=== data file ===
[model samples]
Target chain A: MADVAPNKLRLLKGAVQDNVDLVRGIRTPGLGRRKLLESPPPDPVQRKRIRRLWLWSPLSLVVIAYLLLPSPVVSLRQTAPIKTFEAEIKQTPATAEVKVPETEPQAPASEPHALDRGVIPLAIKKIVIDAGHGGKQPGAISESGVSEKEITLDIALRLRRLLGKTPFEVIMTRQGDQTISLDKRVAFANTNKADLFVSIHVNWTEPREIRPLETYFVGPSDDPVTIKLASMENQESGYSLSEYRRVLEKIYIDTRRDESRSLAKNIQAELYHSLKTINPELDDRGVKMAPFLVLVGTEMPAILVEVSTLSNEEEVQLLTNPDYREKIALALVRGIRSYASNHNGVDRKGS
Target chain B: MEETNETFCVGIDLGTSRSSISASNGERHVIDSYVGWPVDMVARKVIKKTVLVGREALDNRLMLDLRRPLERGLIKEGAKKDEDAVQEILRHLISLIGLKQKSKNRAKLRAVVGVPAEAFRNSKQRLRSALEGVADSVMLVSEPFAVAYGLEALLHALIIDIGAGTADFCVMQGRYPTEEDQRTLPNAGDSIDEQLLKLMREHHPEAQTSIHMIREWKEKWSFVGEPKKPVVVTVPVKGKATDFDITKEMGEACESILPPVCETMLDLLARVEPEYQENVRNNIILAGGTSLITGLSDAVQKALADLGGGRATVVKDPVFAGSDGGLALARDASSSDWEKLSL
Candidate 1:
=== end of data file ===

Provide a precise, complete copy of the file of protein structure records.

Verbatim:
[model samples]
Target chain A: MADVAPNKLRLLKGAVQDNVDLVRGIRTPGLGRRKLLESPPPDPVQRKRIRRLWLWSPLSLVVIAYLLLPSPVVSLRQTAPIKTFEAEIKQTPATAEVKVPETEPQAPASEPHALDRGVIPLAIKKIVIDAGHGGKQPGAISESGVSEKEITLDIALRLRRLLGKTPFEVIMTRQGDQTISLDKRVAFANTNKADLFVSIHVNWTEPREIRPLETYFVGPSDDPVTIKLASMENQESGYSLSEYRRVLEKIYIDTRRDESRSLAKNIQAELYHSLKTINPELDDRGVKMAPFLVLVGTEMPAILVEVSTLSNEEEVQLLTNPDYREKIALALVRGIRSYASNHNGVDRKGS
Target chain B: MEETNETFCVGIDLGTSRSSISASNGERHVIDSYVGWPVDMVARKVIKKTVLVGREALDNRLMLDLRRPLERGLIKEGAKKDEDAVQEILRHLISLIGLKQKSKNRAKLRAVVGVPAEAFRNSKQRLRSALEGVADSVMLVSEPFAVAYGLEALLHALIIDIGAGTADFCVMQGRYPTEEDQRTLPNAGDSIDEQLLKLMREHHPEAQTSIHMIREWKEKWSFVGEPKKPVVVTVPVKGKATDFDITKEMGEACESILPPVCETMLDLLARVEPEYQENVRNNIILAGGTSLITGLSDAVQKALADLGGGRATVVKDPVFAGSDGGLALARDASSSDWEKLSL
Candidate 1: